Obama Closes Animal Cruelty Loophole for US Military Bases
There have been some shocking cases of animal abuse and neglect at the hands of military members. Until recently, the offenders of these crimes would have been able to get away with the abuse if it took place on a military base. This is because US state animal cruelty laws cannot be applied on an international level. This created a dangerous loophole for the animals.
President Obama recently signed an executive order that will change all that. A new provision under the Uniform Code of Military Justice (UCMJ) will now cover animal abuse, neglect, and abandonment charges wherever a US military base is stationed. Offenders could receive one to five years in jail (depending on the offense), an order to forfeit all pay and allowances, or even a bad conduct discharge.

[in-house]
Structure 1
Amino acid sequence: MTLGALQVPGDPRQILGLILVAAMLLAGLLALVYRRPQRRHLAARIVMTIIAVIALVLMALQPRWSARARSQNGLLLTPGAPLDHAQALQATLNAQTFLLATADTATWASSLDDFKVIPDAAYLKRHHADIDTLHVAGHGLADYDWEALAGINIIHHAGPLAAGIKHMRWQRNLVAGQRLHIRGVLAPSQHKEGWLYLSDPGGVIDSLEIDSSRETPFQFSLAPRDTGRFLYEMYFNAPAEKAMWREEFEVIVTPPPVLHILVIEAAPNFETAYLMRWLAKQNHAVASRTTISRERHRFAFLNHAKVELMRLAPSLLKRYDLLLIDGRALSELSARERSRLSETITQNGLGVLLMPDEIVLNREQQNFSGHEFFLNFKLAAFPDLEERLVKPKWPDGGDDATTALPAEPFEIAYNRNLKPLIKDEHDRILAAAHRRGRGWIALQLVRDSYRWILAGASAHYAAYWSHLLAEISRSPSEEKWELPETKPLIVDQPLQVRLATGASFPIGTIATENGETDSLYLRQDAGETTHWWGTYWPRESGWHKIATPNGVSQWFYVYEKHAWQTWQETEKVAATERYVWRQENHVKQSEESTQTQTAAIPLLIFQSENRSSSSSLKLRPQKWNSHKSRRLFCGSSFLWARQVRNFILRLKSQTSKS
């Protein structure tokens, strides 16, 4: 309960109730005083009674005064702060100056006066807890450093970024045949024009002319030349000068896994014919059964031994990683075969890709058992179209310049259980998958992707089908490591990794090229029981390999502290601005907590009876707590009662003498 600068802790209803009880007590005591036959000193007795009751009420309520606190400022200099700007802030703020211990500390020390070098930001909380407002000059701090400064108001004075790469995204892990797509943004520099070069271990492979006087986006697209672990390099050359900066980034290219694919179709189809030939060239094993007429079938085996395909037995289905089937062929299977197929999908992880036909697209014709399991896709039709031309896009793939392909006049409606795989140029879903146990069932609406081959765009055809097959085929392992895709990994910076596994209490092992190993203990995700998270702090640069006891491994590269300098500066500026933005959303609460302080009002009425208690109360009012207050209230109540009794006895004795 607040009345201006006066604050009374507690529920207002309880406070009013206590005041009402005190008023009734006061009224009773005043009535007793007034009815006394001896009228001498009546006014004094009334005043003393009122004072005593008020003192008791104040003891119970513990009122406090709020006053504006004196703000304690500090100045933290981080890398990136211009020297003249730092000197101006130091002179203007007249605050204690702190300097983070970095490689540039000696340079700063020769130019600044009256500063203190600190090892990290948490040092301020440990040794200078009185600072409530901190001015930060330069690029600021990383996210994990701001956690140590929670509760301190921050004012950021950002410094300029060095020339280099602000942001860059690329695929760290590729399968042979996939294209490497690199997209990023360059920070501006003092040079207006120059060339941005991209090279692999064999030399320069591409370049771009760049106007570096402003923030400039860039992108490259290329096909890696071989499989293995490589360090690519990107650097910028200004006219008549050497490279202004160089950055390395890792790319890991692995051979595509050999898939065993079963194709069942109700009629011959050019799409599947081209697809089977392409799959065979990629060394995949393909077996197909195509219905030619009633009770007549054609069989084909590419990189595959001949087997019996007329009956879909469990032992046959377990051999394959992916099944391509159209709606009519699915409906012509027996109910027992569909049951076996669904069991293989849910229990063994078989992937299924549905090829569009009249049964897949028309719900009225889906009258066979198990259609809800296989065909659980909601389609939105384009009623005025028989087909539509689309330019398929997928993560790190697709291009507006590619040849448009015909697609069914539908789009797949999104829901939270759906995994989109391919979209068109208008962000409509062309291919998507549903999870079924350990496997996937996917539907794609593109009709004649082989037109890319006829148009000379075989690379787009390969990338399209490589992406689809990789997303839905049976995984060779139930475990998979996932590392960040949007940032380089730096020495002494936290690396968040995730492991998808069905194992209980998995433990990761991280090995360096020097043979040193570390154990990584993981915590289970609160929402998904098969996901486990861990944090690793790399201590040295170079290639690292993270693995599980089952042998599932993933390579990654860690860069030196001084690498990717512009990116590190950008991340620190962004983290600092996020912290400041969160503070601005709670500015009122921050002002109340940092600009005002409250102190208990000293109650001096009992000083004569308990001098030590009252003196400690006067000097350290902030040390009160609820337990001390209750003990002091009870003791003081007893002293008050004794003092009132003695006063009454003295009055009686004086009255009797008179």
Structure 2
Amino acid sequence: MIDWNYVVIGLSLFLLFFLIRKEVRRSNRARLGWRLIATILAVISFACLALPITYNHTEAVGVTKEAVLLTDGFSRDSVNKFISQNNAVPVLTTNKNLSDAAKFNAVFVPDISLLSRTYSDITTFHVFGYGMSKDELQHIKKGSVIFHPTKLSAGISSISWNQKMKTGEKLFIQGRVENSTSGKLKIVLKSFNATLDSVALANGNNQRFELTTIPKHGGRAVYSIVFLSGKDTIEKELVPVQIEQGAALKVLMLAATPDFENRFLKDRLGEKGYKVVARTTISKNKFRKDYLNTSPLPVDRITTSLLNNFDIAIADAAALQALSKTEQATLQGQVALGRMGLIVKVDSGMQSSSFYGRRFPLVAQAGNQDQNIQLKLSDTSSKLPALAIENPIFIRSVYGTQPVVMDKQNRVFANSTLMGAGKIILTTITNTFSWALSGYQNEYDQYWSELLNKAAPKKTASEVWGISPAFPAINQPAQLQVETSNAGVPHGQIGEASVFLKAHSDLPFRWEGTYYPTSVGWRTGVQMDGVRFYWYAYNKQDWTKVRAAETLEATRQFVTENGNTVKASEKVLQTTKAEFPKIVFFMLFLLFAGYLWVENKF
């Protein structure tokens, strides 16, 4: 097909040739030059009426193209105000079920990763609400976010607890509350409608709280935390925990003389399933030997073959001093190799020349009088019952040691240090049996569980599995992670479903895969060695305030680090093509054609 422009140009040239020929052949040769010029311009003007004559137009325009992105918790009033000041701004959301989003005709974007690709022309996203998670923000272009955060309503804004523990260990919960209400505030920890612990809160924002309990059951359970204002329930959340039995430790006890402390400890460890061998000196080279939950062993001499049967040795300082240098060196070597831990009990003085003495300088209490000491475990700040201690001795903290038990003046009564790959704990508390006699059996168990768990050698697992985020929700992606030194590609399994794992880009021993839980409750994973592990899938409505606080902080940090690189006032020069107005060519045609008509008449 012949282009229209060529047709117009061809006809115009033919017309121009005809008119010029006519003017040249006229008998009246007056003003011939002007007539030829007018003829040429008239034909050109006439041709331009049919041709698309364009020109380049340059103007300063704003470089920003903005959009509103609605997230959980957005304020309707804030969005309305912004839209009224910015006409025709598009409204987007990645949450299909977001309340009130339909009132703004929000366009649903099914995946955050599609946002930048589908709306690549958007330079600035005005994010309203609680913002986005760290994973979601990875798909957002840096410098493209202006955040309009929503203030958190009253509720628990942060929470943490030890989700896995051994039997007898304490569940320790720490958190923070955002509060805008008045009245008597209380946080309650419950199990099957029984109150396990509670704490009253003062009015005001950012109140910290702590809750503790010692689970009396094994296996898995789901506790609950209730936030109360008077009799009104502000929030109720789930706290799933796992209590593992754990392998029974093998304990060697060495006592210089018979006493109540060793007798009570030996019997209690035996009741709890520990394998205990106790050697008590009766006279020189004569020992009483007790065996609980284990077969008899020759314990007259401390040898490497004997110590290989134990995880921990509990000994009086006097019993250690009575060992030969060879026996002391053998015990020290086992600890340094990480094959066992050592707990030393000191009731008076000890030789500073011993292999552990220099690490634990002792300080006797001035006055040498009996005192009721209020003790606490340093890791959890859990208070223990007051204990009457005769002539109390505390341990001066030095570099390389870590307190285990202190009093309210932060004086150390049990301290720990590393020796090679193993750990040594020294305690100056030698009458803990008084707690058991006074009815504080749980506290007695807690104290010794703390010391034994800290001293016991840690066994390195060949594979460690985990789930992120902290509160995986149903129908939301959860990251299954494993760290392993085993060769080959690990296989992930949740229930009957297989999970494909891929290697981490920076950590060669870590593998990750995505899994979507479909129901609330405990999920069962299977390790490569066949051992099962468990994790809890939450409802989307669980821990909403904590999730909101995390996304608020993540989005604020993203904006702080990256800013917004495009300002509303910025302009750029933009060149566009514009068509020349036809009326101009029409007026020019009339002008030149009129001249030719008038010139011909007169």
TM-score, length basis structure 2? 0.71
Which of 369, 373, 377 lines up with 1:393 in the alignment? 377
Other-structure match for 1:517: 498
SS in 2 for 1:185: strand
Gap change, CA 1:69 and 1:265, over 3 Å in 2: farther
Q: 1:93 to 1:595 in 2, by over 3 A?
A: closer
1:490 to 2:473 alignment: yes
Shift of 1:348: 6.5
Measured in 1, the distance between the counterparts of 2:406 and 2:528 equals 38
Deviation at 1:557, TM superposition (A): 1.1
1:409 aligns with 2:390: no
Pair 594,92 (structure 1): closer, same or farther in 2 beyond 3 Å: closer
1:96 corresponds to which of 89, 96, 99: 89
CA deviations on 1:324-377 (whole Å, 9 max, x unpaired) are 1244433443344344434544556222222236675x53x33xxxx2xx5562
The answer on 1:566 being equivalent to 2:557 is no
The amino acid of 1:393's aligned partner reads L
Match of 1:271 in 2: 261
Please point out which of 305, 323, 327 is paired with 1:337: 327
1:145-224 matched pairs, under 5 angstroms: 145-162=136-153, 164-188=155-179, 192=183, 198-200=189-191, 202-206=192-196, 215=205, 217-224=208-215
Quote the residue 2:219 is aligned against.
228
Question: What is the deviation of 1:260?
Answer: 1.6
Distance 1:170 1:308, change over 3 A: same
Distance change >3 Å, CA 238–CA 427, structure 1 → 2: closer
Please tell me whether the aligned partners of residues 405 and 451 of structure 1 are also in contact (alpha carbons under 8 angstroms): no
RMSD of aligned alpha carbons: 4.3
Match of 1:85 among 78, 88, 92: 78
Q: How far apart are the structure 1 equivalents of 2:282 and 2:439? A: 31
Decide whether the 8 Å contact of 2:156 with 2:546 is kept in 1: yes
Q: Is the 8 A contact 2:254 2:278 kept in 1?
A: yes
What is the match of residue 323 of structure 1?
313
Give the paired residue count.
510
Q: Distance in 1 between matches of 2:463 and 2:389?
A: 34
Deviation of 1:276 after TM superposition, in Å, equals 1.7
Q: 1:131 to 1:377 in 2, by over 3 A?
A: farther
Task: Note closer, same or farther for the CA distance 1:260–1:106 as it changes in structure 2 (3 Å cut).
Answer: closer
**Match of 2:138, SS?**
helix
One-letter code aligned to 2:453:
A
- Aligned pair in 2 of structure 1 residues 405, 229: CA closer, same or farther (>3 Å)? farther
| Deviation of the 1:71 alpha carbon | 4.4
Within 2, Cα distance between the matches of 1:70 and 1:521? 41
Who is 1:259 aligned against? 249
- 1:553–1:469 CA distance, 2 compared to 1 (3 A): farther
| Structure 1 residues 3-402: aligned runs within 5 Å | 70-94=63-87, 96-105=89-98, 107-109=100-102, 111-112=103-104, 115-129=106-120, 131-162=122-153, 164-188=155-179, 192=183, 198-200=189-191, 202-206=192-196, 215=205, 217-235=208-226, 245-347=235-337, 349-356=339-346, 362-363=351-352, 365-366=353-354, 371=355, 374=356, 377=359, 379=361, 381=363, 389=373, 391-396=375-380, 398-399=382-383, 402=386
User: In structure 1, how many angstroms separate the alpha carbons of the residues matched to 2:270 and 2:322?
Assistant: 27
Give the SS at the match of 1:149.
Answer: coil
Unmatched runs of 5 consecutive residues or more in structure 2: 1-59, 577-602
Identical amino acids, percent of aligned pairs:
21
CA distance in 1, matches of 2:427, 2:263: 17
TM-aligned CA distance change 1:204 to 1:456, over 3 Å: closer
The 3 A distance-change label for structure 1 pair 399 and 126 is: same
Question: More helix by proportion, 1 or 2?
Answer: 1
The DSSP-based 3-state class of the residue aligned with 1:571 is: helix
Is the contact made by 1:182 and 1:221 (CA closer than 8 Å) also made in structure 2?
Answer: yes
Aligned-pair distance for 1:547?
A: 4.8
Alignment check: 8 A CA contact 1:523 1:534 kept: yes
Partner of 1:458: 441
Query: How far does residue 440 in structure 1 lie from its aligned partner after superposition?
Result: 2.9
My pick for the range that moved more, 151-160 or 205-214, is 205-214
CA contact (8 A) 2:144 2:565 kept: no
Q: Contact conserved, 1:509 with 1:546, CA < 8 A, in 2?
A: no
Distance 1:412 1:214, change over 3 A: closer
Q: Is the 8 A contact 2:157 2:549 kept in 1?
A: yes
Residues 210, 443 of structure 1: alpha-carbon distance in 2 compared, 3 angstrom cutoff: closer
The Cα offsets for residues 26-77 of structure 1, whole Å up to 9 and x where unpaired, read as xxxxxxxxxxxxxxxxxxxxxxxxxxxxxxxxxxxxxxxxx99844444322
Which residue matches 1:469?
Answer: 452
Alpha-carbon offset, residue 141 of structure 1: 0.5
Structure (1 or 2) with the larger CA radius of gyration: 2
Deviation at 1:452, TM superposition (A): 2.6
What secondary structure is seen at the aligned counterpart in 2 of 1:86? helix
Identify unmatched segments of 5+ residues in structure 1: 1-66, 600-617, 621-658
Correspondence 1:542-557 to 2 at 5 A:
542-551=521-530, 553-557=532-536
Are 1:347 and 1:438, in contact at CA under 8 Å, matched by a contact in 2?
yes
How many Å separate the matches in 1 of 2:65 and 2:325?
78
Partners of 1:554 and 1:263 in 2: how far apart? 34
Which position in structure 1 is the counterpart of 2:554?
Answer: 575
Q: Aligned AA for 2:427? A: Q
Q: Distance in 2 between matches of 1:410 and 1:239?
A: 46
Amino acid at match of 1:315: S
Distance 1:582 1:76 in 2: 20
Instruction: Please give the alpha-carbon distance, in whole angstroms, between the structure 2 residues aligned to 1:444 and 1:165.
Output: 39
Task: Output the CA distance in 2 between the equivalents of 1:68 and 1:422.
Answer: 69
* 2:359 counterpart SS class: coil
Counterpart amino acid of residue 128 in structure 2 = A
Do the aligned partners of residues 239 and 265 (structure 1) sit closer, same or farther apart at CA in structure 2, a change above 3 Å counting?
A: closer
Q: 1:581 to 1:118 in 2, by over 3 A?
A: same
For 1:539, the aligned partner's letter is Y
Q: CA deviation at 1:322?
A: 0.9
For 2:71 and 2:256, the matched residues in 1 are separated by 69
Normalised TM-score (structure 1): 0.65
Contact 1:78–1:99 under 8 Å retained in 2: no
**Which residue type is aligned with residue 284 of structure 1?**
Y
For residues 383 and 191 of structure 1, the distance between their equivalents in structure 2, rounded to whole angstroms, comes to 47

The Humane Society of the United States credits staffer Sherry Ramsey and Rep. Ruben Gallego (D) from Arizona with leading the charge to amend the UCMJ. The momentum from this successful campaign is hoped to push the Preventing Animal Cruelty and Torture Act through Congress, which is now pending. The PACT Act would give the FBI and US attorneys the ability to prosecute occurences of animal abuse which occur in the realm of interstate commerce anywhere on federal property. There is currently no opposition to the act and so, hopefully soon, this will count as another success for the animals.
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